ORLANDO (ICIS)--With current consumer trends geared towards protecting the environment, the plastics industry needs to address misconceptions and highlight sustainability, Germany-headquartered additives supplier Baerlocher said on Thursday.
“Plastics are not seen favourably, and the value is declining,” Baerlocher’s North America CEO Ed Hall said on the sidelines of this year's National Plastics Exposition (NPE).
“We need to do something about that as the plastics industry to help people understand,” he added. “I’ve had that conversation a couple of times. People in plastics tell me, ‘This is in our hands.’”
Baerlocher’s director of specialty additives Roberto Nunez said that consumers are generally unaware of industry technology that addresses recycling, such as resin reprocessing systems.
“We have lots of interest in that,” he said, noting the company’s latest generation of stabilisation technology for polyolefins was being showcased at the expo.
Consumer misconceptions can be as simple as assuming paper is better for the environment than plastic, he said, despite the fact that plastics can be reprocessed.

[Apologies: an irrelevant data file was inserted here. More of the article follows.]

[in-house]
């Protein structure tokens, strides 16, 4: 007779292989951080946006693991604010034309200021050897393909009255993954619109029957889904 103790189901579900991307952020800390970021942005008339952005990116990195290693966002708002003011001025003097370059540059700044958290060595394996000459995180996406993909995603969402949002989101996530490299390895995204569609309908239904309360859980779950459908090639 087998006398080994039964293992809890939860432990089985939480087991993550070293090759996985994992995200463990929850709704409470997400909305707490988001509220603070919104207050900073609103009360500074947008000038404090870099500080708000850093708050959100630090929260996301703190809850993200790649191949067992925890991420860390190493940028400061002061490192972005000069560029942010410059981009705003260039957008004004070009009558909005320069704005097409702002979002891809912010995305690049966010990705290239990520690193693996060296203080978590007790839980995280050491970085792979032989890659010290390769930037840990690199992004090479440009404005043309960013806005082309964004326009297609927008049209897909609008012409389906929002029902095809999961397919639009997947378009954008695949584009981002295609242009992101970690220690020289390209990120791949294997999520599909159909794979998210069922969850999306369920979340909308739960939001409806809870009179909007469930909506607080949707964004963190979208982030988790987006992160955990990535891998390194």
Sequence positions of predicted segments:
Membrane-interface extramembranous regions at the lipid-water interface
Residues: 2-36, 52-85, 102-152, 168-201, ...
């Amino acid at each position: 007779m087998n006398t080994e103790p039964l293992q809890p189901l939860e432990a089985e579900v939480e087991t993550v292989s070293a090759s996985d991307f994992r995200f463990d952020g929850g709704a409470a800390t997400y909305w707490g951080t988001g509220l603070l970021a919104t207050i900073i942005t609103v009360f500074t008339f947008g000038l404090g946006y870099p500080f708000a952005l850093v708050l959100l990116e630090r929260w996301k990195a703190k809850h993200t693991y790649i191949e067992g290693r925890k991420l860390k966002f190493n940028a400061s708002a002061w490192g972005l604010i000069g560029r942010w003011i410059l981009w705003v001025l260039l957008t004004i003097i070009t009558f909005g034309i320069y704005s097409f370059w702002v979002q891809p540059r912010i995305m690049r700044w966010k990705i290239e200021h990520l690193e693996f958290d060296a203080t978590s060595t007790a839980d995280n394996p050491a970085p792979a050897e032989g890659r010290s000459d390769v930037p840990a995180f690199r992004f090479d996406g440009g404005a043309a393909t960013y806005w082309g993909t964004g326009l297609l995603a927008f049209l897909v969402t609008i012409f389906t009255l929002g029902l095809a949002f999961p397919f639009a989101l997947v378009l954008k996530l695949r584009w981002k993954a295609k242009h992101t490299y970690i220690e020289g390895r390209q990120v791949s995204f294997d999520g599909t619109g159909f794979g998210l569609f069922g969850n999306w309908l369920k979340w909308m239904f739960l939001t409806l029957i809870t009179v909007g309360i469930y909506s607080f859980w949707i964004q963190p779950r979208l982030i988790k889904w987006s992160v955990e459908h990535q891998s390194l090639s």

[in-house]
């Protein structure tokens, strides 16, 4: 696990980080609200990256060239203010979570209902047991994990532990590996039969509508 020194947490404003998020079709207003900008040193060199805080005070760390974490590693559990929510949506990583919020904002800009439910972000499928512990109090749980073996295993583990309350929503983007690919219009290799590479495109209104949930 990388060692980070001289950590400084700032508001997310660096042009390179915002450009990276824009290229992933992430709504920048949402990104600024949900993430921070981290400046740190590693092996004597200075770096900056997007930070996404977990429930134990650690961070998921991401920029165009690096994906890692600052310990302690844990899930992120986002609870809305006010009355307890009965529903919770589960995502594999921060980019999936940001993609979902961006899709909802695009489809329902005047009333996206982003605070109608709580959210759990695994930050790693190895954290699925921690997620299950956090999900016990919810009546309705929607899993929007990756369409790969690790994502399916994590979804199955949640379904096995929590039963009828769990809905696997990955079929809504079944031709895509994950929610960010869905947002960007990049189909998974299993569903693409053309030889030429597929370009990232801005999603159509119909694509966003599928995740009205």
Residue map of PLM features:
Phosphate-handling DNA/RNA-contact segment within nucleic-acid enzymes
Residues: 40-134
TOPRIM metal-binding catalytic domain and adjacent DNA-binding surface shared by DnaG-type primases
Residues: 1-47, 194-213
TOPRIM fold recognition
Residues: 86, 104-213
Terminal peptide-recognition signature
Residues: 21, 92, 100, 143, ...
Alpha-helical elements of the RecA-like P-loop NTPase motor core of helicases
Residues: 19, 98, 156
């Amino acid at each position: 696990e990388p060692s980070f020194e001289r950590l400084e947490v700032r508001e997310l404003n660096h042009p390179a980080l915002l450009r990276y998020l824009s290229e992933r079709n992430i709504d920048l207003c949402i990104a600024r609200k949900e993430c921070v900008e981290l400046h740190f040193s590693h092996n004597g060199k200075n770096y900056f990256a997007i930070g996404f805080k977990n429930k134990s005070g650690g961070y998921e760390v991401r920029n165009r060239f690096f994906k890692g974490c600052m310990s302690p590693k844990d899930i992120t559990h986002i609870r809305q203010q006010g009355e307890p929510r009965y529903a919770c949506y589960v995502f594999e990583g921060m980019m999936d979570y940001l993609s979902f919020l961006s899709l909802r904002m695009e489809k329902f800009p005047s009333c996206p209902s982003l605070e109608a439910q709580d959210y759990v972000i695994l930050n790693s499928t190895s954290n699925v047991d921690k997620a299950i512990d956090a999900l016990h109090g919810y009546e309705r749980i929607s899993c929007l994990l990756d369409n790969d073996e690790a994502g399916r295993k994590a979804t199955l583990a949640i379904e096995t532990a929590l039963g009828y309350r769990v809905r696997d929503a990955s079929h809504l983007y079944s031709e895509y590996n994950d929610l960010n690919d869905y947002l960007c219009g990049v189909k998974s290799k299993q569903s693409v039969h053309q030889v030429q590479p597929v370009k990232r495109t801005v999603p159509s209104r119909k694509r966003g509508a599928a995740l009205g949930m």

“But the message that people are hearing, via the web, or wherever, is: choose paper,” Nunez said.
Hall cited businesses in the food industry that have considered phasing out expanded polystyrene foam (EPS) cups for reusable ceramic versions, without considering energy and water consumption, among other resources.
“The cost to create a ceramic mug, and to use a dishwasher, and soap, is far worse on the environment than a styrofoam cup,” he said. “You have to use energy to wash it, you’re putting detergent chemicals into the water stream.”
Despite technology advancements, recycling in the plastics industry is still driven by the costs for virgin resin, Hall noted.
“From a cost point of view, what we have is extremely effective,” Nunez said.
In the US, the American Chemistry Council’s (ACC) Plastics Division has established three goals for the recycling and recovering of all plastic packaging in the US by 2040.
The EU has set out to make all plastic packaging recyclable by 2030 in an effort to reduce single-use packages.
Interview article by David Haydon